U.S. House Speaker Pelosi won't say when Trump impeachment trial will start
By Susan Cornwell WASHINGTON (Reuters) - U.S. House of Representatives Speaker Nancy Pelosi on Friday sidestepped a question about when President Donald Trump would face his second impeachment trial, on a charge of inciting his supporters to attack the Capitol. The House on Wednesday approved one article of impeachment, similar to an indictment, levying that charge against Trump.
By Susan Cornwell
WASHINGTON (Reuters) - U.S. House of Representatives Speaker Nancy Pelosi on Friday sidestepped a question about when President Donald Trump would face his second impeachment trial, on a charge of inciting his supporters to attack the Capitol.
The House on Wednesday approved one article of impeachment, similar to an indictment, levying that charge against Trump. But Pelosi would not say when she would send the article to the Senate, the step that triggers a trial.
"You'll be the first to know," Pelosi told reporters.
Congressional Democrats have been grappling with how to balance the impeachment of Trump -- which will continue after his term ends and could lead to him being banned from running office again -- with other Senate priorities including confirming Cabinet nominees and other priorities of President-elect Joe Biden, who takes office on Wednesday.
Pelosi told reporters that lawmakers are working on proposed new legislation to deliver economic relief to Americans hurt by the coronavirus pandemic following a $1.9 trillion package laid out by Biden.
"This is a matter of complete urgency," Pelosi said of the COVID-19 vaccine distribution that is part of Biden's proposal. "Now we have to move on and do it in the right way, and that will require resources, which will require legislation."
The Democratic impeachment managers are "solemnly and prayerfully preparing" for a trial, Pelosi told reporters.
The Democratic-led House voted 232-197 on Wednesday to impeach Trump one week after his supporters rampaged in the Capitol following a speech in which the outgoing Republican president urged them to fight Democrat Biden's Nov. 3 election victory.
Trump falsely claims he lost because of widespread voting fraud. He will likely be the first president to face an impeachment trial after leaving office.
Ten Republicans joined Democrats in supporting impeachment, while others argued Trump's remarks were protected by the First Amendment of the U.S. Constitution, which defends free speech.
According to Senate rules, the trial would start the day after the charge is sent over by the House. The last time the House voted to impeach Trump, in December 2019, Pelosi did not transmit the charges to the Senate for weeks.
The earlier charges related to abuse of power and obstruction of Congress stemming from Trump's request that Ukraine investigate Biden and his son Hunter. The Senate in February 2020 voted to acquit Trump, keeping him in office.
The Senate is scheduled to return to Washington on Tuesday, the day before Biden's inauguration.
A presidential inauguration traditionally draws hundreds of thousands of visitors to Washington, but the ceremonies have been scaled back dramatically because of the COVID-19 pandemic, even before last week's riot.
Now Washington is wrapped in a security blanket with thousands of troops and law enforcement officers on duty ahead of the inauguration. Trump initially praised his supporters after the storming of the Capitol but later condemned the violence.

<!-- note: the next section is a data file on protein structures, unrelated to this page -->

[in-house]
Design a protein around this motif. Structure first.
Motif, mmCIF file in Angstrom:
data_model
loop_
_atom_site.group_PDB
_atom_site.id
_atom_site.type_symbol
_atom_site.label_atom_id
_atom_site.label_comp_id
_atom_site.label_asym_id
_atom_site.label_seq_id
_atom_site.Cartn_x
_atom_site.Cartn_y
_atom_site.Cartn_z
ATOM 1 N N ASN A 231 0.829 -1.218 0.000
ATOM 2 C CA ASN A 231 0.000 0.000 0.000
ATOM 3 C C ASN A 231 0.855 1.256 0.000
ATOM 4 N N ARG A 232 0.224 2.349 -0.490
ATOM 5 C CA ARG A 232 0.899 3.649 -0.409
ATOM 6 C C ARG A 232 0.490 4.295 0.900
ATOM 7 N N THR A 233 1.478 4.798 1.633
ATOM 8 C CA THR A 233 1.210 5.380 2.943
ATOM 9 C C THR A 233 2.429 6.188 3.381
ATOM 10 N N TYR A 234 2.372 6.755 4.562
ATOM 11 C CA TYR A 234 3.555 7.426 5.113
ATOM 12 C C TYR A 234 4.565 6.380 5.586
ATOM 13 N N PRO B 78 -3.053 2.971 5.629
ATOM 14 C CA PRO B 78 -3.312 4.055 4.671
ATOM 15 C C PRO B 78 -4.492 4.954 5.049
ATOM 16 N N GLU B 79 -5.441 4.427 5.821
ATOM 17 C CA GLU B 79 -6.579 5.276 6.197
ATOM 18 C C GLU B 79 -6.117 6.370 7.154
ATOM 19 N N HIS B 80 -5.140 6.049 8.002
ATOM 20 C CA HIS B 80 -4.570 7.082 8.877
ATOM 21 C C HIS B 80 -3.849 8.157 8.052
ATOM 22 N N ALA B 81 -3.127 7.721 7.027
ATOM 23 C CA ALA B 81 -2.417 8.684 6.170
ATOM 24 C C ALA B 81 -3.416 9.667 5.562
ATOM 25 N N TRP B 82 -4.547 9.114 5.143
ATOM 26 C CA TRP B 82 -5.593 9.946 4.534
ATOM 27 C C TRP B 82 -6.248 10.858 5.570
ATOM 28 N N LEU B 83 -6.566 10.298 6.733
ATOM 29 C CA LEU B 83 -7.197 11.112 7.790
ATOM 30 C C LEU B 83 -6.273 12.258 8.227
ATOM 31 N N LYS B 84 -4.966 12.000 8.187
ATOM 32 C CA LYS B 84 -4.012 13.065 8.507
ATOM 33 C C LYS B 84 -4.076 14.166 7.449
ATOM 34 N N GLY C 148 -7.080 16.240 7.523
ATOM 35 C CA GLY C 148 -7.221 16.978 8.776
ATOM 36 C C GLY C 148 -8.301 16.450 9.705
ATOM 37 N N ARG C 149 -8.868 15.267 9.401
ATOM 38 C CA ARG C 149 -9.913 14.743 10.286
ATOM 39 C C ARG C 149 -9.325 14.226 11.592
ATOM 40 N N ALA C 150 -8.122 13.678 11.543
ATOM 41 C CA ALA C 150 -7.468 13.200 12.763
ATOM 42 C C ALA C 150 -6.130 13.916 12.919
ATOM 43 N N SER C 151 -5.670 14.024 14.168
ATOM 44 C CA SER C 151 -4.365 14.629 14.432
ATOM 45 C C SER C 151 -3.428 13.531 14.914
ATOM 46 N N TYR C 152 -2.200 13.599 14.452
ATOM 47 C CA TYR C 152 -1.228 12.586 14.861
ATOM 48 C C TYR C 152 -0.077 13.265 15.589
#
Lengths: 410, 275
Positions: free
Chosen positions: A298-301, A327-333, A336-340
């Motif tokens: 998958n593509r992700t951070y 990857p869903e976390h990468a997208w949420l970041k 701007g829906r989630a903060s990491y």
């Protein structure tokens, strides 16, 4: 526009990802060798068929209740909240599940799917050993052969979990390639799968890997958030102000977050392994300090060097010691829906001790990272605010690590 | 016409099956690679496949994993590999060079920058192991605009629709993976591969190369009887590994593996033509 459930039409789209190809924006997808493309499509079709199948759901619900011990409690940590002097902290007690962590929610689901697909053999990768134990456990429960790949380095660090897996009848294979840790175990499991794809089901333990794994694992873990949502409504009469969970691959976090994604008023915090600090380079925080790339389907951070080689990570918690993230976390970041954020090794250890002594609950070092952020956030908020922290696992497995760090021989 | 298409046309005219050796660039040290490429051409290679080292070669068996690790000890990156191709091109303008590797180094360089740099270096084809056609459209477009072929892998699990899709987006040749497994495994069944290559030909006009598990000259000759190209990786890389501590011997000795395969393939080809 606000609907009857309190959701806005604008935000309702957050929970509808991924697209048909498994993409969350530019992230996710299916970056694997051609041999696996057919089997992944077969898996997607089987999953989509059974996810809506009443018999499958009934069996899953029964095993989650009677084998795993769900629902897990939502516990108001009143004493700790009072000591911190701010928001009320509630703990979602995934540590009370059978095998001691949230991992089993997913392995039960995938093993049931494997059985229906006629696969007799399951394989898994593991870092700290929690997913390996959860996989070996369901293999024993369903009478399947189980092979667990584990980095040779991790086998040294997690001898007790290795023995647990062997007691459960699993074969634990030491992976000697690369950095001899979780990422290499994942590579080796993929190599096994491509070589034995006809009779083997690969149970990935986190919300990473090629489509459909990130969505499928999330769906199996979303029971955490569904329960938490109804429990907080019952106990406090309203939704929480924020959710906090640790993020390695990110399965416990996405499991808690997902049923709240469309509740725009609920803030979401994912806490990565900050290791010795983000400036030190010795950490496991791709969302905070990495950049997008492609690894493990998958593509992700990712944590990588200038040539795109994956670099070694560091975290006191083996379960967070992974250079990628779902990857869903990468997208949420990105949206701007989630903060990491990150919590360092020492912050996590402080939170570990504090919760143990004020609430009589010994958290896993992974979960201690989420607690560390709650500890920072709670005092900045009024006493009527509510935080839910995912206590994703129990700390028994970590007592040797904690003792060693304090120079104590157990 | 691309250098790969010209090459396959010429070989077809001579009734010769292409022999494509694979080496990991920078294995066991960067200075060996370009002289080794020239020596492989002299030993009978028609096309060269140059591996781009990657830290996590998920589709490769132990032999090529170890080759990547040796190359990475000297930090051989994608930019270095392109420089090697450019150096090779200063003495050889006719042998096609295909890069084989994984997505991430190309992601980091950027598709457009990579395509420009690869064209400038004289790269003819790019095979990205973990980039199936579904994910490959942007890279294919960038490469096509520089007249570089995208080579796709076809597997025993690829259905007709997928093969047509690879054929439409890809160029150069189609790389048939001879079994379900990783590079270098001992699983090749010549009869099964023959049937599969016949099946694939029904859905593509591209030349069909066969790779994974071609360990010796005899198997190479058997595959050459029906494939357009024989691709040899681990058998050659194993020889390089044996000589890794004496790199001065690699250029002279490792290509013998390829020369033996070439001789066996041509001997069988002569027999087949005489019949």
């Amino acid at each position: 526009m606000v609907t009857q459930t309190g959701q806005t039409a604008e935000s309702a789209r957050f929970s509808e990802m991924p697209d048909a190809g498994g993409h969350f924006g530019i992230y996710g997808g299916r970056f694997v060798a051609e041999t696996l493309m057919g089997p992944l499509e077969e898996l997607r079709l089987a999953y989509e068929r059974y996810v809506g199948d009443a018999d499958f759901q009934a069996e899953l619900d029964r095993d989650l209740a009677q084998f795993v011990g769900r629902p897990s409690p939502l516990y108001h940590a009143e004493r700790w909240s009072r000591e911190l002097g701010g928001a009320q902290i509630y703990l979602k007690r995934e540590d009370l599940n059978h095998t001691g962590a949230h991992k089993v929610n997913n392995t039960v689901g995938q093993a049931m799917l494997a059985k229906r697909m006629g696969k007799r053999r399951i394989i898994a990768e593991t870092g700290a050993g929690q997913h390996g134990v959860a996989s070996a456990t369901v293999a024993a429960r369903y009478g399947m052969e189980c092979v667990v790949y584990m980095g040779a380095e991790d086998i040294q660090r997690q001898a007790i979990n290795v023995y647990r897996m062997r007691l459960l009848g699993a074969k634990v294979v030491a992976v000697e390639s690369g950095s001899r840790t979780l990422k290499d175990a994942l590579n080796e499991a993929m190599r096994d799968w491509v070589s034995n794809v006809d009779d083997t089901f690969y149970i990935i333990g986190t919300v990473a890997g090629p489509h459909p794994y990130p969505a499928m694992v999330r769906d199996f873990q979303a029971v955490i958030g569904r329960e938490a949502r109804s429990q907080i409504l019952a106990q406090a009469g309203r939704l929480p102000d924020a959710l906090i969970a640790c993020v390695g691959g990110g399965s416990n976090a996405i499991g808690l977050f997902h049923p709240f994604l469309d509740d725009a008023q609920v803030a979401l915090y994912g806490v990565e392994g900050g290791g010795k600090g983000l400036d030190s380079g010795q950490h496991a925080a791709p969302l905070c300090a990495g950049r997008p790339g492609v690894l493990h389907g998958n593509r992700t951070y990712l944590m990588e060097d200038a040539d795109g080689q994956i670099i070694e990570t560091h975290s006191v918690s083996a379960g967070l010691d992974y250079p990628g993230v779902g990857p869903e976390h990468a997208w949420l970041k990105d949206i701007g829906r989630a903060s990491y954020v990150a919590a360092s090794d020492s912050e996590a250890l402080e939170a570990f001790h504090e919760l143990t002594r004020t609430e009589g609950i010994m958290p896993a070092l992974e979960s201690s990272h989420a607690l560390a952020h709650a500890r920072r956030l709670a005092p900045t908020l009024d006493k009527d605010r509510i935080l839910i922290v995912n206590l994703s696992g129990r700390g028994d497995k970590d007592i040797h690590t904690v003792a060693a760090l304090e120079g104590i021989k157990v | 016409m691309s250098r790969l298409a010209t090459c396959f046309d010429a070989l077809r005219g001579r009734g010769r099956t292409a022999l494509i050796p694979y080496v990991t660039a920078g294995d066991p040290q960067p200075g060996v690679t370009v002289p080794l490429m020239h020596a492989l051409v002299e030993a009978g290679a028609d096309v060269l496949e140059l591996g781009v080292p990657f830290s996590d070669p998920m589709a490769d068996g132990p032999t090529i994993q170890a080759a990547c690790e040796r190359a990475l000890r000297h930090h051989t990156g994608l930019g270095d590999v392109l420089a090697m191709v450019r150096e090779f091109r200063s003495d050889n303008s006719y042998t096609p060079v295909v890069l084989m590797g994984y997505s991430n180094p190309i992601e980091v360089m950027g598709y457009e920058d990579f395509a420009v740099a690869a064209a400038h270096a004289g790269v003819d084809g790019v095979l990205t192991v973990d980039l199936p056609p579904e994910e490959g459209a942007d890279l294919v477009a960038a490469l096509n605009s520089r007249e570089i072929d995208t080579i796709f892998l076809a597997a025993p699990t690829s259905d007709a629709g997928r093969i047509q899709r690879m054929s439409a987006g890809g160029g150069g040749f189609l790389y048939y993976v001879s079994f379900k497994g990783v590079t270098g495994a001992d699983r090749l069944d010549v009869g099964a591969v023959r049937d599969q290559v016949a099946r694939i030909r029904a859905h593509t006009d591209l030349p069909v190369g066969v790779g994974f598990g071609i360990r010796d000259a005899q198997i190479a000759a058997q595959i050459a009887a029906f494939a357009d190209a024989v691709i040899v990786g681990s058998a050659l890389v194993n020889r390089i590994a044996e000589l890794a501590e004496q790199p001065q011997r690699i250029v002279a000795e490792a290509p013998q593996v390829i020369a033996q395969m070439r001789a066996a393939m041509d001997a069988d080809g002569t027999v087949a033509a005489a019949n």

Meanwhile, Trump plans to leave Washington on Wednesday morning, a source familiar with the matter said. He will then go to his club in Palm Beach, Florida, the source said. Trump had already said he would not attend the inauguration.
(Reporting by Susan Cornwell; additional reporting by Lisa Lambert; Writing by Grant McCool; Editing by Scott Malone and Alistair Bell)
This story has not been edited by Firstpost staff and is generated by auto-feed.
By Robin Emmott and John Irish | BRUSSELS/PARIS BRUSSELS/PARIS France and Germany will agree to a U.S. plan for NATO to take a bigger role in the fight against Islamic militants at a meeting with President Donald Trump on Thursday, but insist the move is purely symbolic, four senior European diplomats said.The decision to allow the North Atlantic Treaty Organization to join the coalition against Islamic State in Syria and Iraq follows weeks of pressure on the two allies, who are wary of NATO confronting Russia in Syria and of alienating Arab countries who see NATO as pushing a pro-Western agenda."NATO as an institution will join the coalition," said one senior diplomat involved in the discussions. "The question is whether this just a symbolic gesture to the United States
BEIJING Chinese President Xi Jinping on Wednesday called for greater efforts to make the country's navy a world class one, strong in operations on, below and above the surface, as it steps up its ability to project power far from its shores.China's navy has taken an increasingly prominent role in recent months, with a rising star admiral taking command, its first aircraft carrier sailing around self-ruled Taiwan and a new aircraft carrier launched last month.With President Donald Trump promising a US shipbuilding spree and unnerving Beijing with his unpredictable approach on hot button issues including Taiwan and the South and East China Seas, China is pushing to narrow the gap with the U.S. Navy.Inspecting navy headquarters, Xi said the navy should "aim for the top ranks in the world", the Defence Ministry said in a statement about his visit."Building a strong and modern navy is an important mark of a top ranking global military," the ministry paraphrased Xi as saying.